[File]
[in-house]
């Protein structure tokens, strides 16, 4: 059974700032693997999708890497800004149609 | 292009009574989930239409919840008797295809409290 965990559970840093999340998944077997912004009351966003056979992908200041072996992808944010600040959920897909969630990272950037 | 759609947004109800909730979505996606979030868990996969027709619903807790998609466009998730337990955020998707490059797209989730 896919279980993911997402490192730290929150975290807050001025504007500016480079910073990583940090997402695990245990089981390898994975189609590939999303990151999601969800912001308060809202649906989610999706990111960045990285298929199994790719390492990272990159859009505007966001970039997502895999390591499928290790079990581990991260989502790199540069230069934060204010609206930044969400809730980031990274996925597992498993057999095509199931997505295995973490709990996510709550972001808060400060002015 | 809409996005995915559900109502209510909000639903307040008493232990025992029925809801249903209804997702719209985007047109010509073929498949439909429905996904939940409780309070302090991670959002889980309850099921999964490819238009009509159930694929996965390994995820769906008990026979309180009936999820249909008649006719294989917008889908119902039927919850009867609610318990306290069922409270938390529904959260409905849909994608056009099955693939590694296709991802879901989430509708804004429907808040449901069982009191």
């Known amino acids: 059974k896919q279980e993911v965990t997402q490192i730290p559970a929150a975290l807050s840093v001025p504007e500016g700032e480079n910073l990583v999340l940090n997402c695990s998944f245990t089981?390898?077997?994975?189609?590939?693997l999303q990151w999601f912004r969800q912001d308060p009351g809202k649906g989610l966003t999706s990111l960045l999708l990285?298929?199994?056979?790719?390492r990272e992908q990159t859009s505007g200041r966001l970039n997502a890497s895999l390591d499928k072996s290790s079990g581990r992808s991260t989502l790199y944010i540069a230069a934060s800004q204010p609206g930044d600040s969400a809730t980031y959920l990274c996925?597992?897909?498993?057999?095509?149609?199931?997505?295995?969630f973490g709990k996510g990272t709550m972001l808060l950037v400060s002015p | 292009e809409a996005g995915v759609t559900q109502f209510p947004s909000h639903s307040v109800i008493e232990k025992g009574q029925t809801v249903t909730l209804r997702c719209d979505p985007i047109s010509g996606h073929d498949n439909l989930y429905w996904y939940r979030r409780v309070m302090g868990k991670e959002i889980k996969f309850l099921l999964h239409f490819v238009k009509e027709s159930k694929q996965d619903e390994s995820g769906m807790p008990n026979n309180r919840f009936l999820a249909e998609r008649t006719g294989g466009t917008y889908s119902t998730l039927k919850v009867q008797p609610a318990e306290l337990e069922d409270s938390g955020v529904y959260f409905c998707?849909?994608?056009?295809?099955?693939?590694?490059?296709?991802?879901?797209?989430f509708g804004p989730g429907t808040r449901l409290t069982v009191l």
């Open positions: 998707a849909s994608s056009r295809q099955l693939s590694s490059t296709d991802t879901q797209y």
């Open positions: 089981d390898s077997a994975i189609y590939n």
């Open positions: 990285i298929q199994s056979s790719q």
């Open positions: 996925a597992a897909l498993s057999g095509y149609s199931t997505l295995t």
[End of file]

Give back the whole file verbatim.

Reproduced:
[in-house]
């Protein structure tokens, strides 16, 4: 059974700032693997999708890497800004149609 | 292009009574989930239409919840008797295809409290 965990559970840093999340998944077997912004009351966003056979992908200041072996992808944010600040959920897909969630990272950037 | 759609947004109800909730979505996606979030868990996969027709619903807790998609466009998730337990955020998707490059797209989730 896919279980993911997402490192730290929150975290807050001025504007500016480079910073990583940090997402695990245990089981390898994975189609590939999303990151999601969800912001308060809202649906989610999706990111960045990285298929199994790719390492990272990159859009505007966001970039997502895999390591499928290790079990581990991260989502790199540069230069934060204010609206930044969400809730980031990274996925597992498993057999095509199931997505295995973490709990996510709550972001808060400060002015 | 809409996005995915559900109502209510909000639903307040008493232990025992029925809801249903209804997702719209985007047109010509073929498949439909429905996904939940409780309070302090991670959002889980309850099921999964490819238009009509159930694929996965390994995820769906008990026979309180009936999820249909008649006719294989917008889908119902039927919850009867609610318990306290069922409270938390529904959260409905849909994608056009099955693939590694296709991802879901989430509708804004429907808040449901069982009191």
């Known amino acids: 059974k896919q279980e993911v965990t997402q490192i730290p559970a929150a975290l807050s840093v001025p504007e500016g700032e480079n910073l990583v999340l940090n997402c695990s998944f245990t089981?390898?077997?994975?189609?590939?693997l999303q990151w999601f912004r969800q912001d308060p009351g809202k649906g989610l966003t999706s990111l960045l999708l990285?298929?199994?056979?790719?390492r990272e992908q990159t859009s505007g200041r966001l970039n997502a890497s895999l390591d499928k072996s290790s079990g581990r992808s991260t989502l790199y944010i540069a230069a934060s800004q204010p609206g930044d600040s969400a809730t980031y959920l990274c996925?597992?897909?498993?057999?095509?149609?199931?997505?295995?969630f973490g709990k996510g990272t709550m972001l808060l950037v400060s002015p | 292009e809409a996005g995915v759609t559900q109502f209510p947004s909000h639903s307040v109800i008493e232990k025992g009574q029925t809801v249903t909730l209804r997702c719209d979505p985007i047109s010509g996606h073929d498949n439909l989930y429905w996904y939940r979030r409780v309070m302090g868990k991670e959002i889980k996969f309850l099921l999964h239409f490819v238009k009509e027709s159930k694929q996965d619903e390994s995820g769906m807790p008990n026979n309180r919840f009936l999820a249909e998609r008649t006719g294989g466009t917008y889908s119902t998730l039927k919850v009867q008797p609610a318990e306290l337990e069922d409270s938390g955020v529904y959260f409905c998707?849909?994608?056009?295809?099955?693939?590694?490059?296709?991802?879901?797209?989430f509708g804004p989730g429907t808040r449901l409290t069982v009191l």
């Open positions: 998707a849909s994608s056009r295809q099955l693939s590694s490059t296709d991802t879901q797209y």
């Open positions: 089981d390898s077997a994975i189609y590939n």
């Open positions: 990285i298929q199994s056979s790719q």
């Open positions: 996925a597992a897909l498993s057999g095509y149609s199931t997505l295995t």